New York Times June 24, 2005

AGAINST POVERTY'S BACKDROP, A BURNING DESIRE TO DANCE

"Rize", the new documentary directed by the fashion photographer David LaChapelle, begins with an unusual disclaimer: "The footage in this film has not been sped up in any way."
The reason for such reassurance soon becomes clear. Twenty-four frames per second, the rate at which film traditionally moves through a camera - and the speed at which, according to Jean-Luc Godard, cinema discloses the truth - seems too sluggish for Mr. LaChapelle's purpose, which is to record a form of dance that flourishes in some African-American neighborhoods in greater Los Angeles.
Called "clowning" or "krumping" - the terms refer to distinct but related styles - this kind of dancing is fierce, fast and frenetic, turning its practitioners into whirlwinds of flying limbs. Part of the pleasure of watching "Rize" is the sheer astonishment at their performances, which are shot and edited cleanly, with the focus on dance rather than movie-making technique.

Sometimes the dancers appear to have been possessed by angry spirits or set on fire, which in a sense they have been. This movie is, among other things, a celebration of the daemon of creative discipline and of the burning need for self-expression, community and pride.
That, at any rate, is how the clowners and krumpers describe what they do, and Mr. LaChapelle wisely lets them do most of the talking, rather than stepping in to interpret their experiences for us. He begins with images of urban upheaval - the Watts riots of 1965 and the Rodney King disturbances 27 years later - to establish that krumping is an art form that has arisen against a backdrop of poverty, violence and despair. These hard facts are never far from the minds of the dancers themselves, many of whom have joined clowning and krumping groups as an alternative to gangs. In the course of the film, one dancer, a 15-year-old girl named Quinesha Dunford (known as Lil Dimples) is killed in a drive-by shooting, and "Rize" is dedicated to her memory.

It is also dedicated to the exploration of an extraordinarily lively and complex subculture, though that sociological term seems a bit limiting. If this is not culture - art, family, sport, religion, friendship - then what is? Indeed, the movie sometimes has trouble living up to the richness of its subject, or keeping up with the dances' rapid spread and evolution. You may find yourself wishing that you could know some of the characters better and see more of their lives.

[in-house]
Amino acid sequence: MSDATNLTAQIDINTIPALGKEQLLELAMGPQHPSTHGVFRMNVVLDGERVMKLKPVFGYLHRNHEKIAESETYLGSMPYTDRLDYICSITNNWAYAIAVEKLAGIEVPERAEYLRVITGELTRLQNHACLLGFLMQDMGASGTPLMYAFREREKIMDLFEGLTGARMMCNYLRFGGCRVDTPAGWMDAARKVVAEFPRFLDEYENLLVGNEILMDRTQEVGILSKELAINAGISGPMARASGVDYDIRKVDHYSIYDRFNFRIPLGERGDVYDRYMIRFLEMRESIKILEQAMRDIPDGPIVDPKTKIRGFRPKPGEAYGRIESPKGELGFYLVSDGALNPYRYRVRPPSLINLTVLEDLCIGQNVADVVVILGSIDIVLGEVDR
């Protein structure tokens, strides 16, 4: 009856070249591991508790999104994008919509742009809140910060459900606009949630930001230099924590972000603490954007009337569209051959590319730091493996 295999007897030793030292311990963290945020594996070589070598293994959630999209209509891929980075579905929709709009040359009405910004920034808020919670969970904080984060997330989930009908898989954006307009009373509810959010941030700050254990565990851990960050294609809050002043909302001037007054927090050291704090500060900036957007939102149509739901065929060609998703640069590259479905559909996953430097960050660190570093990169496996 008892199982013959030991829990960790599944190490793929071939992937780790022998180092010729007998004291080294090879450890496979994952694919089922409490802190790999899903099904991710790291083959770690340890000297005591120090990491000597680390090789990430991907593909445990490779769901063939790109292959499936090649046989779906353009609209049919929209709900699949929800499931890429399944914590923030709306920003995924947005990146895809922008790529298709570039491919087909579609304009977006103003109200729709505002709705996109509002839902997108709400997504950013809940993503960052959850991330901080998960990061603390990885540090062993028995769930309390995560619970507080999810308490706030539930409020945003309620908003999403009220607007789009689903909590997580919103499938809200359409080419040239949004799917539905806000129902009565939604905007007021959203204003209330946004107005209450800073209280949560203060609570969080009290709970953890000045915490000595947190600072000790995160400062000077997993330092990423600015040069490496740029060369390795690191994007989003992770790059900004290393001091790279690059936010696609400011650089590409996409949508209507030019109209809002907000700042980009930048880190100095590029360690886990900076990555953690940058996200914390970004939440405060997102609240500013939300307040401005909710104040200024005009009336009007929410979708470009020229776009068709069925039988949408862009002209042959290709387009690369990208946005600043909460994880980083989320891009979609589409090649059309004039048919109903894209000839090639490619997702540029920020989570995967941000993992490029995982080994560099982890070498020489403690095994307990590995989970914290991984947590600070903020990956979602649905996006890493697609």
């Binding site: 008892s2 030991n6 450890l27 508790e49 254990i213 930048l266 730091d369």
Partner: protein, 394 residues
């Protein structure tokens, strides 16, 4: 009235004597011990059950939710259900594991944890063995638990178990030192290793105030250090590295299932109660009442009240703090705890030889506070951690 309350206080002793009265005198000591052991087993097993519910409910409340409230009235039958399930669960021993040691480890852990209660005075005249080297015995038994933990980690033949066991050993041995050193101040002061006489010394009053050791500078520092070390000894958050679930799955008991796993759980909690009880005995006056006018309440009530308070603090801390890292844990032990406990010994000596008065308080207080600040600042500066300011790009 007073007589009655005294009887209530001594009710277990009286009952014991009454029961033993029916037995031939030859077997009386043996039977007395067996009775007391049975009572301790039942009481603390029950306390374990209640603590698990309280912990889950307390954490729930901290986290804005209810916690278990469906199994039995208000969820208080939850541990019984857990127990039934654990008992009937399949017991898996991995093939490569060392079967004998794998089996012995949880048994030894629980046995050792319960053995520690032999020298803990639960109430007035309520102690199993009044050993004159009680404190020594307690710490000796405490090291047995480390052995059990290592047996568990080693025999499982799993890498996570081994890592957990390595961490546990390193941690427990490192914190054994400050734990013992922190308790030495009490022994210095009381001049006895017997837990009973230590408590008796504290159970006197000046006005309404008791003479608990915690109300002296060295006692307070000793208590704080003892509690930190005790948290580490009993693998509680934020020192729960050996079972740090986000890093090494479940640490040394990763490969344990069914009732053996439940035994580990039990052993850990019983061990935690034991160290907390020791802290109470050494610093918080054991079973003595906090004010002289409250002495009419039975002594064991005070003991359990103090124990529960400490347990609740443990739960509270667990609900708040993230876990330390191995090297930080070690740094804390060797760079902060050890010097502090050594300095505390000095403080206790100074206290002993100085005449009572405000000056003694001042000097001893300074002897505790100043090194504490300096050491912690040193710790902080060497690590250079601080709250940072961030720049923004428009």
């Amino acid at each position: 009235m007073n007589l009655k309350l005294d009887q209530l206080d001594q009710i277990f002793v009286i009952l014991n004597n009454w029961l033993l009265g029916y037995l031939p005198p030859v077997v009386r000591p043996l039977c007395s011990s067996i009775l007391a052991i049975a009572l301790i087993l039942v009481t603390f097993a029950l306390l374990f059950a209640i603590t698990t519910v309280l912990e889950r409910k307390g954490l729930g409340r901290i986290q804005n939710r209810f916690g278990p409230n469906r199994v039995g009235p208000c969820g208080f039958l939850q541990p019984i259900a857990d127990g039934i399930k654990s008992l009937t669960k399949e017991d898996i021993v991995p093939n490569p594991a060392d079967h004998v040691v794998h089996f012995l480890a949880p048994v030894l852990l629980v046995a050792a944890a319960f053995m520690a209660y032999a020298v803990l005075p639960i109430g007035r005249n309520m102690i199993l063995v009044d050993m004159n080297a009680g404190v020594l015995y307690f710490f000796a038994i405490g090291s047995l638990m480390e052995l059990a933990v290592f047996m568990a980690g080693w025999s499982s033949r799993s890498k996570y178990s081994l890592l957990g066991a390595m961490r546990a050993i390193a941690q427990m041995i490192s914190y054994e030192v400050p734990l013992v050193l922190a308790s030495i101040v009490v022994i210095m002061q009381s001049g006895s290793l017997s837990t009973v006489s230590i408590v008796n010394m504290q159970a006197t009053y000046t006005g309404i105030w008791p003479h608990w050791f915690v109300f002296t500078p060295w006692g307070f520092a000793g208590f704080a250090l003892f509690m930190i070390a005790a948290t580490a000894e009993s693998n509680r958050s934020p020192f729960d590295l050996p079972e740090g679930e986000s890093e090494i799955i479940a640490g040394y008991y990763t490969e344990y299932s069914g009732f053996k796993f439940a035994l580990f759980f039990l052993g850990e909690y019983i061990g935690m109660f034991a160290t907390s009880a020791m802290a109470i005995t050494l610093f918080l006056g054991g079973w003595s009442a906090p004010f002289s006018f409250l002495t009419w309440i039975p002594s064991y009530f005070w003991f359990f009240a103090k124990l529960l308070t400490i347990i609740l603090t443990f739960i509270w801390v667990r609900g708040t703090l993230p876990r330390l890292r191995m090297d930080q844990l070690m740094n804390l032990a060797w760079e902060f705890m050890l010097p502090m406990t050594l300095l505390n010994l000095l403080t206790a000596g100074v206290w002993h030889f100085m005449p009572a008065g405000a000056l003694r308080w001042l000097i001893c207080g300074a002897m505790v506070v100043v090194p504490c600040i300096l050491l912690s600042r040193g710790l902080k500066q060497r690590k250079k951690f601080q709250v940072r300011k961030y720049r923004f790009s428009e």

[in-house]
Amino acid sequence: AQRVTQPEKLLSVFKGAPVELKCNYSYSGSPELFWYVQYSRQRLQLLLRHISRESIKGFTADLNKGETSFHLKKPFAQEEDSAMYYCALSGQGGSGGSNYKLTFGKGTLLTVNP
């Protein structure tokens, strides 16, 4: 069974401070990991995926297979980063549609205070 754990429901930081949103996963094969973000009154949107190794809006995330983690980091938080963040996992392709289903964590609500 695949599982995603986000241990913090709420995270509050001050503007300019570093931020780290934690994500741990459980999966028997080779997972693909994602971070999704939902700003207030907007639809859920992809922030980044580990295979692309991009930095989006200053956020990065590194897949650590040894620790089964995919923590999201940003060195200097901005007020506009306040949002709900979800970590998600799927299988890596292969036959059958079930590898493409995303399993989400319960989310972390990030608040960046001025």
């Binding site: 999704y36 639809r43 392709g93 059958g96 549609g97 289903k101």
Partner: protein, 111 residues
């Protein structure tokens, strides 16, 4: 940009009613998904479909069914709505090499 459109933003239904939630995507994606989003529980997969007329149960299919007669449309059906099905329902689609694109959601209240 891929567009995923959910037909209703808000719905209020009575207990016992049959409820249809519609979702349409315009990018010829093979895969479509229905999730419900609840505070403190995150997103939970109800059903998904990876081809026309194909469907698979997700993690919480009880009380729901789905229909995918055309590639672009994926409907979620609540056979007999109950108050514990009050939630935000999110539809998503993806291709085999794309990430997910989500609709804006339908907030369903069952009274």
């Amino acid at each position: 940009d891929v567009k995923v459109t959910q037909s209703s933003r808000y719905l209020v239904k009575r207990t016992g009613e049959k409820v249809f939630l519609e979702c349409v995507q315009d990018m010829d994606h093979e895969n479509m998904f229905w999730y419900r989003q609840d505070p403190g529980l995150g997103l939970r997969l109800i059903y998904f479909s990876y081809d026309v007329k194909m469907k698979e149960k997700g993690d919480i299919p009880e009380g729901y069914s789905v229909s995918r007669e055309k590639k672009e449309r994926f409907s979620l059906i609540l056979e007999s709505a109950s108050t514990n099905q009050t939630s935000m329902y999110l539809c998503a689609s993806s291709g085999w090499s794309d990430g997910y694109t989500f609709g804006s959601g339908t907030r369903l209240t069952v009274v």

But in that case, there would be less time to watch them dance. At any rate, the stories and personalities that do emerge are touching and intriguing. "Rize" is dominated by Tommy the Clown, an energetic teddy bear of a man who is not shy about proclaiming himself the father of clowning.

He is certainly a patriarchal figure, serving as mentor, role model and guide for young followers, who help him entertain at neighborhood birthday parties. A former drug dealer who turned his life around in prison, Tommy is at once evangelist and entrepreneur, a civic leader and a local celebrity in pancake makeup and a gaudily airbrushed car.
Some of his protégés have become rivals, devotees of krumping, which one dancer describes as "the raw version" of Tommy's choreography (itself based on something called "the stripper dance"). Krumping is more physically confrontational and also overtly competitive - a matter of playground showdowns that combine the athletic bravura of street basketball with the stylized face-offs of hip-hop battles.
The film's climax is a battle, organized by Tommy, at the Great Western Forum, where clowns and krumpers compete in one of the most thrilling tests of skill since the rigged rap contest at the end of "8 Mile." That moment of triumph, though, is shadowed by a senseless off-screen crime, which serves as both a cruel reality check and a reminder of why this art form - and the dignity, freedom and glory it provides - is so necessary.
"Rize" is rated PG-13 (Parents strongly cautioned). It has suggestive content and language, drug references and brief nudity.

By A. O. Scott